From: Gary Powell (Gary.Powell_at_[hidden])
Date: 2001-04-05 11:44:45
> AFAIK auto_ptr_ref supports passing/returning auto_ptrs by value. I think
> that this is unnecessary for boost::auto_ptr, since
> (1) we have
> boost::shared_ptr for this,
I was thinking of dropping boost::auto_ptr.
But I'm open to comments here.
Because std:auto_ptr is everywhere and does everything except the sizeof(T)
test at the call to delete, and IMO that isn't enough justification for
The my reason for keeping it, is that this change should become part of
std::auto_ptr and in order to prove to the library committee that its worth
doing, there should be some prior usage.
> (2) passing auto_ptrs by value instead of
> non-const reference is dangerous (exception safety), and
I thought that was the second main purpose of auto_ptr. See
shared_ptr<>(auto_ptr<>() ); constructor, and assignment.
> (3) returning
> std::auto_ptrs by value is sometimes useful since std::auto_ptr is
> but boost::auto_ptr is not, so it doesn't need this "capability."
Again, I thought this was the third main purpose of auto_ptr, returning a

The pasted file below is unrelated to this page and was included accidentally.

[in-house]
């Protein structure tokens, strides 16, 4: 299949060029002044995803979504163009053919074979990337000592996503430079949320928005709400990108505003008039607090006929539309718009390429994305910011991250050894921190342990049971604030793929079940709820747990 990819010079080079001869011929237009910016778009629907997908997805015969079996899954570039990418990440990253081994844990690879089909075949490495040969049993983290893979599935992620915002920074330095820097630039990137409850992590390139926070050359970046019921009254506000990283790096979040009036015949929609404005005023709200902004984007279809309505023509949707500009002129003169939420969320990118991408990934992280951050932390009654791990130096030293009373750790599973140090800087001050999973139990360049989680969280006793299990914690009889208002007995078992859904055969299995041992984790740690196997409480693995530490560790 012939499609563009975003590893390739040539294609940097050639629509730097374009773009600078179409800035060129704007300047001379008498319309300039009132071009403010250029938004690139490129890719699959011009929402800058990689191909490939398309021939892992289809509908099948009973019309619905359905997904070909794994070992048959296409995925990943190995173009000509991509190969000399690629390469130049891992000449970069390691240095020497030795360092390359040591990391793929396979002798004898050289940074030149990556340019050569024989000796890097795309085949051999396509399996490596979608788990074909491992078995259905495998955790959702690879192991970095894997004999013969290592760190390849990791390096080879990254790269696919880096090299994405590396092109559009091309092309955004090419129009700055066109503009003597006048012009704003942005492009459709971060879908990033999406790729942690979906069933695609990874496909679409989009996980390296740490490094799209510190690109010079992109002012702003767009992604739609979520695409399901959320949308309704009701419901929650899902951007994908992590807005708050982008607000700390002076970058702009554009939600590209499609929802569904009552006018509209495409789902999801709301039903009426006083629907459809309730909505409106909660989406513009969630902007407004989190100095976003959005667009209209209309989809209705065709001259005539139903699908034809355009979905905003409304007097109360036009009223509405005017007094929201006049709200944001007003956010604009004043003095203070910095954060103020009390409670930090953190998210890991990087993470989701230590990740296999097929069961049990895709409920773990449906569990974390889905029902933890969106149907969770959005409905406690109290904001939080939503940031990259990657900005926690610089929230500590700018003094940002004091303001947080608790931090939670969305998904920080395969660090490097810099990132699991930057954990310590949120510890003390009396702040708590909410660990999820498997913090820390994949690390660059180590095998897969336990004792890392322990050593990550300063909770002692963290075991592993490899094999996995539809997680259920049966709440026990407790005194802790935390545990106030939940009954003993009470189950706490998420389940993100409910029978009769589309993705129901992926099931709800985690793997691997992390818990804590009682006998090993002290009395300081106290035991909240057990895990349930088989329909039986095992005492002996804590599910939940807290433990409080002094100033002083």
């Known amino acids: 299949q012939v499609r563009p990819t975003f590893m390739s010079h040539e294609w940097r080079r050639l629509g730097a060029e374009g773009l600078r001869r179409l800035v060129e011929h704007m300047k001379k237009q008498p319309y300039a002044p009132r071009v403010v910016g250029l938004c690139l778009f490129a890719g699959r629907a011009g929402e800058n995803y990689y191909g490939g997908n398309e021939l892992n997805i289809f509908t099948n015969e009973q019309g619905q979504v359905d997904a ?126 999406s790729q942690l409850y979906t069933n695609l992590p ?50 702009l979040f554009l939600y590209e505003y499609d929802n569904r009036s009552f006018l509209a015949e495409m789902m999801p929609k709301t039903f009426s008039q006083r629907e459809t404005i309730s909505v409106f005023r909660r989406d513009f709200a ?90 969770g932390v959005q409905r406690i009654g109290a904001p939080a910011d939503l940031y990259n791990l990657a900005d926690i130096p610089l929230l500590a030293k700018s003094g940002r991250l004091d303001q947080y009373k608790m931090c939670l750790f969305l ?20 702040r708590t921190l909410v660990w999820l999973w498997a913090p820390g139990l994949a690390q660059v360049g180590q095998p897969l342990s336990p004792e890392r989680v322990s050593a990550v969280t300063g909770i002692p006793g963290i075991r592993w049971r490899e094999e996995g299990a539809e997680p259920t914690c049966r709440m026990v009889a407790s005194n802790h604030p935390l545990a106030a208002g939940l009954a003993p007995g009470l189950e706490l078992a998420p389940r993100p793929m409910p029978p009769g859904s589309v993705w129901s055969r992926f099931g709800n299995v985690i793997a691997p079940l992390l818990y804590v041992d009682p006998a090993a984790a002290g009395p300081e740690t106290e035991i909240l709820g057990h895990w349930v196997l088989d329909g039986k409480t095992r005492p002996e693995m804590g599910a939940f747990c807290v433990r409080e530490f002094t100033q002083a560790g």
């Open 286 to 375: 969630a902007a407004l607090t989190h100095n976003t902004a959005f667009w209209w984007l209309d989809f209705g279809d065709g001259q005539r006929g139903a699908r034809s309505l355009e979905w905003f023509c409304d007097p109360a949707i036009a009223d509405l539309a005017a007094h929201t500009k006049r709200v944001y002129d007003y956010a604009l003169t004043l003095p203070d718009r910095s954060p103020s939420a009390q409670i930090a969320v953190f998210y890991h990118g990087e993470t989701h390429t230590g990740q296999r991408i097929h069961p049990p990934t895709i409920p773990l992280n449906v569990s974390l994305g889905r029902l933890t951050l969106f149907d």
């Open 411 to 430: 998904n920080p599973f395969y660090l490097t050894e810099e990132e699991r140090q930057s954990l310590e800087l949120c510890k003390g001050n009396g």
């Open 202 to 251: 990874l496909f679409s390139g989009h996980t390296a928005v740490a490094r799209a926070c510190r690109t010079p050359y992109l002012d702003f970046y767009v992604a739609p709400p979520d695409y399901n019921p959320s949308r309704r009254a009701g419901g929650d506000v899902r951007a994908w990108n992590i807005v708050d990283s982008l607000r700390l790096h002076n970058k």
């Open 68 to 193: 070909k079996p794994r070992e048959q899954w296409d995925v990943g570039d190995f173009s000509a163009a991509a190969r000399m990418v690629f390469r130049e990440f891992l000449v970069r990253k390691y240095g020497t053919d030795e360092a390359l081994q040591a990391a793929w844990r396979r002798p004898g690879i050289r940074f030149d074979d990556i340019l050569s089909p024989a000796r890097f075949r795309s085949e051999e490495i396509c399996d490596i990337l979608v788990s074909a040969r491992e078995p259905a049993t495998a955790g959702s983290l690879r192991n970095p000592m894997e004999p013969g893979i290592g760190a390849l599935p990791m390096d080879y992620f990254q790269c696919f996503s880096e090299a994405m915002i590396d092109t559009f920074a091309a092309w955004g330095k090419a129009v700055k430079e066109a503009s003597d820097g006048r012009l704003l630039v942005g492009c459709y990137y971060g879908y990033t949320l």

pointer to allocated memory, forcing the calling function to take ownership,
and not leak memory.
auto_array_ptr still has the same problems about const copies, and AFAIK
Greg C. used auto_pointer_ref in auto_array_ptr for the same purpose.
So we could drop boost::auto_ptr, but not boost::auto_ptr_ref.
Let me outline why auto_ptr/auto_array_ptr.
1) local variables that must be destructed in case of an exception being
thrown. Often used in constructors which do multiple allocations.
2) Passing by value to functions which will take ownership possession. eg,
3) Returning by value from functions which create objects via new, and
calling functions must take ownership possession. eg. static creation/clone
auto_array_ptr takes care of the case where you allocate char x, instead
of just a single object.
Therefore I would want shared_array to have an additional constructor and
assignment operator that takes a boost::auto_array_ptr
This way if shared_array( auto_array_ptr<>(new T[n] ) throws when it
allocates the new for the pointer to the counter it won't leak the T[n].
If I'm confused about this please enlighten me. (I'm in the process of
becoming an exception safe programmer and its a hard journey.)
Boost list run by bdawes at acm.org, gregod at cs.rpi.edu, cpdaniel at pacbell.net, john at johnmaddock.co.uk